One in Five CABG Patients Develop New-Onset Atrial Fibrillation: EXCEL
The condition is not benign either, with these patients at a significantly increased risk of death and stroke, report researchers.
Nearly one in five patients undergoing coronary artery bypass graft surgery for left main disease develop atrial fibrillation after the procedure, according to an analysis of the EXCEL trial. New-onset atrial fibrillation is not benign either, say investigators, with these patients spending more time in the hospital and being more likely to have a major or minor bleed at 30 days.
Most importantly, new-onset atrial fibrillation was associated with a more than fourfold increased risk of stroke at 3 years and a threefold increased risk of death.
“For patients who are referred for surgery for left main disease, or any extensive degree of coronary disease, physicians need to much more attune to the occurrence and prognostic importance of atrial fibrillation,” senior investigator Gregg Stone, MD (NewYork-Presbyterian/Columbia University Medical Center, New York, NY), told TCTMD. “They need to look for it carefully and to not only treat it acutely but also consider presurgical prophylaxis to try to prevent it, with perioperative beta-blockers or amiodarone.”
Secondly, if atrial fibrillation is evident following cardiac surgery, Stone recommends considering intense device-based monitoring to assess its recurrence or treat such patients with oral anticoagulation.
Speaking with TCTMD, Subodh Verma, MD, PhD (St. Michael’s Hospital, Toronto, Canada), who wrote an editorial accompanying the analysis, said new-onset atrial fibrillation is a recognized complication of CABG surgery, but there is still a lot unknown. In the post-cardiac surgery setting, the incidence ranges from 15% to 48%, but these studies mainly focused on the risk in the hospital.
“From my perspective as a cardiac surgeon, [the EXCEL analysis] highlights a very important, understudied area of postoperative atrial fibrillation,” he said. “I see the paper more from that lens, in that atrial fibrillation after open heart surgery is grossly underestimated and its gravitas is not well appreciated. People used to believe that this was a transient phenomenon that likely wasn’t sinister, but it seems like it’s exceedingly common and it is quite sinister in that it’s associated with significantly worse outcomes.”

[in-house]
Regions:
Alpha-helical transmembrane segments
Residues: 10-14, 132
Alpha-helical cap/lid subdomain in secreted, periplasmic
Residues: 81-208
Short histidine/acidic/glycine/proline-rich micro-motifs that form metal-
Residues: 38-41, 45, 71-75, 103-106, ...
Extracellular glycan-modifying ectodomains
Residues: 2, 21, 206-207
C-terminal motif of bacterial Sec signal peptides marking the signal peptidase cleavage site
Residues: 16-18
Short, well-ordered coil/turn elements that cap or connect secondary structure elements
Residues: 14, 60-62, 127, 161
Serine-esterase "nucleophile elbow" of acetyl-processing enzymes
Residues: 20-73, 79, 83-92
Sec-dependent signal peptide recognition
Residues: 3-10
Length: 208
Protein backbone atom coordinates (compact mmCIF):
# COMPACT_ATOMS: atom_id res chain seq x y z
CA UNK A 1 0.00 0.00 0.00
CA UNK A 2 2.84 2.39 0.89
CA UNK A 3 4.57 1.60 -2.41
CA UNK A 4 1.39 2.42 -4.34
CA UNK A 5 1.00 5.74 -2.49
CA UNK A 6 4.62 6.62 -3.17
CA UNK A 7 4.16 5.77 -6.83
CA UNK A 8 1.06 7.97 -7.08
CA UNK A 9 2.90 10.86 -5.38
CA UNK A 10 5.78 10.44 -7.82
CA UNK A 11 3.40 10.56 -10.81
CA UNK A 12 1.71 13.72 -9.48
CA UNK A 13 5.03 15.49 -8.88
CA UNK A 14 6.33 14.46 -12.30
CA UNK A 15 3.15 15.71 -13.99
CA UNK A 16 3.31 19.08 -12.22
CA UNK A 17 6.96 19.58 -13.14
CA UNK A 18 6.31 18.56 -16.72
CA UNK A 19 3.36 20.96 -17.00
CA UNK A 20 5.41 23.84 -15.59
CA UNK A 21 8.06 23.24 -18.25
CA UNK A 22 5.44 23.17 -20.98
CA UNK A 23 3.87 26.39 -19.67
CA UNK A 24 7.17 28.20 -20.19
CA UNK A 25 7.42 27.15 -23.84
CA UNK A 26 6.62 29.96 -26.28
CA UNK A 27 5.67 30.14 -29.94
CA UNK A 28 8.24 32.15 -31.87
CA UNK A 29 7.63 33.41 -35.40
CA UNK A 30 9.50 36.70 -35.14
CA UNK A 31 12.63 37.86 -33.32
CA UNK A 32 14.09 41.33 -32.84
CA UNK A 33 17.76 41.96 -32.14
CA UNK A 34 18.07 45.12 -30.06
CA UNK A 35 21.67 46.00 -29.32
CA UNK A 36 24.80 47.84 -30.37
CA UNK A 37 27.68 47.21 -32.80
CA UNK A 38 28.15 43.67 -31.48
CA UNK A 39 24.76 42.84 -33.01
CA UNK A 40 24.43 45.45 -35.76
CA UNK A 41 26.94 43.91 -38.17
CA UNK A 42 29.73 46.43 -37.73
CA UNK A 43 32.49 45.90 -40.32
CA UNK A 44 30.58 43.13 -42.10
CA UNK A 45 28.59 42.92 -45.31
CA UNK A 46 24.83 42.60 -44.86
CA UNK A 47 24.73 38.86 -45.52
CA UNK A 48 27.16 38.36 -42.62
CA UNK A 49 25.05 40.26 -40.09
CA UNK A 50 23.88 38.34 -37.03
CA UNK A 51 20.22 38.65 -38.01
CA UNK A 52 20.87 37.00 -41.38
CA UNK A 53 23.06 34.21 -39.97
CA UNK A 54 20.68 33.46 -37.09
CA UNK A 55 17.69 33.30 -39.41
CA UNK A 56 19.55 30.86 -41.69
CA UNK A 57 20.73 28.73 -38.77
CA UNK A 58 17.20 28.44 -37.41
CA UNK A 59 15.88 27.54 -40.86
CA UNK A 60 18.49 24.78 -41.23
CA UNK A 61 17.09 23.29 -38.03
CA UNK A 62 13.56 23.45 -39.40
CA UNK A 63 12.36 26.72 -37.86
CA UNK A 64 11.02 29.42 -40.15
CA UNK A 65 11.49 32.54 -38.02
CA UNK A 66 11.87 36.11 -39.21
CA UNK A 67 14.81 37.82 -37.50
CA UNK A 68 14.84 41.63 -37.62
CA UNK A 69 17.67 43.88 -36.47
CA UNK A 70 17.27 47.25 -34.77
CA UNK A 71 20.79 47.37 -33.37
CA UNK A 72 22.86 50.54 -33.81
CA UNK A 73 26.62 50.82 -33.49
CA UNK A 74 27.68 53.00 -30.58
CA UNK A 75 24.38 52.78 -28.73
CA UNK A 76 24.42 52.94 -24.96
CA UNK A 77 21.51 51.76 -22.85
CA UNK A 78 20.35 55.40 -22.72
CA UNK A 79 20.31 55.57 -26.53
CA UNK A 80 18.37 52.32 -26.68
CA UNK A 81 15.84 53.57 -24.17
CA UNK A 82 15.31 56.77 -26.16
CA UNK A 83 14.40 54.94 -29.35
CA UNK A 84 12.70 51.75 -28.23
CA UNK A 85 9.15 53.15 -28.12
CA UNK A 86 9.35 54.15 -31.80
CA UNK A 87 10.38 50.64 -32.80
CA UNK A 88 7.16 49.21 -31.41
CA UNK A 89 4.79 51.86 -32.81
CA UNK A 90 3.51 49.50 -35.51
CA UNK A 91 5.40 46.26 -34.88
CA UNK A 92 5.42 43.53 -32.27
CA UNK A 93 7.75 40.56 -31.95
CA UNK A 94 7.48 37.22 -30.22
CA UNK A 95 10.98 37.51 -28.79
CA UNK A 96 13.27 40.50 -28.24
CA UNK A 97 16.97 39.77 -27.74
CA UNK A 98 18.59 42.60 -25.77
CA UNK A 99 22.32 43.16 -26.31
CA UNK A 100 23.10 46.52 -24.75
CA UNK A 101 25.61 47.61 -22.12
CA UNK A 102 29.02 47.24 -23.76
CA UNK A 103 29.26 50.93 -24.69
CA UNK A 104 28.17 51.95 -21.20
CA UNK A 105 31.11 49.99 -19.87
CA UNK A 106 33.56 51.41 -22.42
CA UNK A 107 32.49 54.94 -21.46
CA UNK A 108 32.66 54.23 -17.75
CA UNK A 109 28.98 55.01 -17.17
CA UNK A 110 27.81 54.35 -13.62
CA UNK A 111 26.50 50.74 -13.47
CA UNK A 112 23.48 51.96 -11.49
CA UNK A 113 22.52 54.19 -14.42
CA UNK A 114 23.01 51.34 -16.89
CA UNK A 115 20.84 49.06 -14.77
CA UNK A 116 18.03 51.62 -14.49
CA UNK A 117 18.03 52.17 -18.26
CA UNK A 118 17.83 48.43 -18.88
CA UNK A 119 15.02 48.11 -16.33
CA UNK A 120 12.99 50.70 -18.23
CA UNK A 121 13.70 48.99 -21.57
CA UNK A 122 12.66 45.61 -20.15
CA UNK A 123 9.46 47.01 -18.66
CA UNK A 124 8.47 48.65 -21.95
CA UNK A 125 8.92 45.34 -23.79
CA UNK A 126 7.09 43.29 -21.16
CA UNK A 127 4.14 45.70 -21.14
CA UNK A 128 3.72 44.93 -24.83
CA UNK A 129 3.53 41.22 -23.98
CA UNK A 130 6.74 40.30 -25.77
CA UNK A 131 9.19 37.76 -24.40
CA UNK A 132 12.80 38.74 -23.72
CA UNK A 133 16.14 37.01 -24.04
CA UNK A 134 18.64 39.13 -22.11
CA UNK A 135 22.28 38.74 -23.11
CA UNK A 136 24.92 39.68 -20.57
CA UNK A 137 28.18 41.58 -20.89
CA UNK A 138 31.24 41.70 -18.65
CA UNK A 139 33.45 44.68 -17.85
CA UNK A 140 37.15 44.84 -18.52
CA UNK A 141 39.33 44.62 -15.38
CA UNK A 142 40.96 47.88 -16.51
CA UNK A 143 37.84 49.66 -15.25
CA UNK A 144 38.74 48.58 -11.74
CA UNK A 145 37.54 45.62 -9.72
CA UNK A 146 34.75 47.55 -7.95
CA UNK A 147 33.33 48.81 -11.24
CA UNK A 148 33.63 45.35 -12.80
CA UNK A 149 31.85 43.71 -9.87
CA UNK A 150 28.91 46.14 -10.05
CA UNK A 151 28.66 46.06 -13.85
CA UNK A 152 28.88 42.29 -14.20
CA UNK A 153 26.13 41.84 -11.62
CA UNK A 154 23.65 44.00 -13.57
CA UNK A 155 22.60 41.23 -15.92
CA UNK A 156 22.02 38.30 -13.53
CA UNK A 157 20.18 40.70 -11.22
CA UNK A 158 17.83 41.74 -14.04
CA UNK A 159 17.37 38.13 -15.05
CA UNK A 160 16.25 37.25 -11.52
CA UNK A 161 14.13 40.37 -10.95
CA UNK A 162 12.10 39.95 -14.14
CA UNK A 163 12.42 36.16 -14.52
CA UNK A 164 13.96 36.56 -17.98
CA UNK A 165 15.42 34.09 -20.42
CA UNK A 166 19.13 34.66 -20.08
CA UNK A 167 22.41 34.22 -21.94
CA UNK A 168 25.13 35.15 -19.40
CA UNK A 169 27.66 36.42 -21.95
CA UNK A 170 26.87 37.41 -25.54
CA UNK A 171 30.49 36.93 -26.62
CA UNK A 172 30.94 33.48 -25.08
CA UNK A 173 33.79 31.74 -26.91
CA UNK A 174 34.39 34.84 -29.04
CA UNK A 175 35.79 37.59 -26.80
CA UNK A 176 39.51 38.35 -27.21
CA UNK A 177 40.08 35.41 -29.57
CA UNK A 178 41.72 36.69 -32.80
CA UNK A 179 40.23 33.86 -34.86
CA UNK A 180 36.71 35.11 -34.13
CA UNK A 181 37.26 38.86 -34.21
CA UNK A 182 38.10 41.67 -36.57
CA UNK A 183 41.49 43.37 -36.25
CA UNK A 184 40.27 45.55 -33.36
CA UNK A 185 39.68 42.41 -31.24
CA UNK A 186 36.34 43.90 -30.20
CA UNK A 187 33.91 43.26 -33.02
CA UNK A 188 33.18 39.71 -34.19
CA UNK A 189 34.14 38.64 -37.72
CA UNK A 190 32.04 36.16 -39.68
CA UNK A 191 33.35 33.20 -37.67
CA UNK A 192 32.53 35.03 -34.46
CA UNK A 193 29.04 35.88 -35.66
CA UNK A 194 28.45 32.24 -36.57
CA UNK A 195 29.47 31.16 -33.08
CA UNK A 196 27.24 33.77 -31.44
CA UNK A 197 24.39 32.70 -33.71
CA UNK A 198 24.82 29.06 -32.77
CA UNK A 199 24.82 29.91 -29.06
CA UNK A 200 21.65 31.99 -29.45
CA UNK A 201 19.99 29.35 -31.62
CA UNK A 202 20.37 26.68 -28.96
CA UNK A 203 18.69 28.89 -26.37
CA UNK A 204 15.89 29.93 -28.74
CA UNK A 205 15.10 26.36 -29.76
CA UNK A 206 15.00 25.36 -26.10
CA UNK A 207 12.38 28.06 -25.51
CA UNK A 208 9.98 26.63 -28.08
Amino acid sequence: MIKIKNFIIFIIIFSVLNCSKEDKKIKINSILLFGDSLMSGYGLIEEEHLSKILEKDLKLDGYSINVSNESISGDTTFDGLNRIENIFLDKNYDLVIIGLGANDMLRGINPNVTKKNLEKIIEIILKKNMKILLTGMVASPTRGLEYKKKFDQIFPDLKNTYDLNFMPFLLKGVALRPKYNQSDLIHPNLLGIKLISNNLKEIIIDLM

The study was published online ahead of print in the February 20, 2018, issue of the Journal of the American College of Cardiology.
Higher All-Cause Death, CV Death, and Stroke at 3 Years
The EXCEL study, presented and published in 2016, compared two revascularization strategies—CABG surgery and PCI—for the treatment of unprotected left main coronary artery disease. As reported by TCTMD, the trial showed that patients treated with an everolimus-eluting metallic stent (Xience; Abbott Vascular) had comparable rates of death, stroke, or MI at 3 years when compared with patients treated with CABG surgery.
In EXCEL, new-onset atrial fibrillation developed in 162 of 1,812 patients (8.9%) at a mean of 2.7 days after coronary revascularization. Just one patient treated with PCI developed the arrhythmia; the remaining cases were documented in CABG-treated patients (0.1% vs 18.0%; P < 0.0001). Older age, larger body mass index, and a lower left ventricular ejection fraction were all independent predictors of new-onset atrial fibrillation.
At the time of discharge, atrial fibrillation had resolved in 85.8% of patients. Still, hospitalizations were longer in those with the arrhythmia (14.3 vs 10.9 days; P < 0.0001), and these patients were more likely to be discharged on warfarin or a novel oral anticoagulant. Overall, 10.2% of patients with the complication were discharged on oral anticoagulation (all warfarin).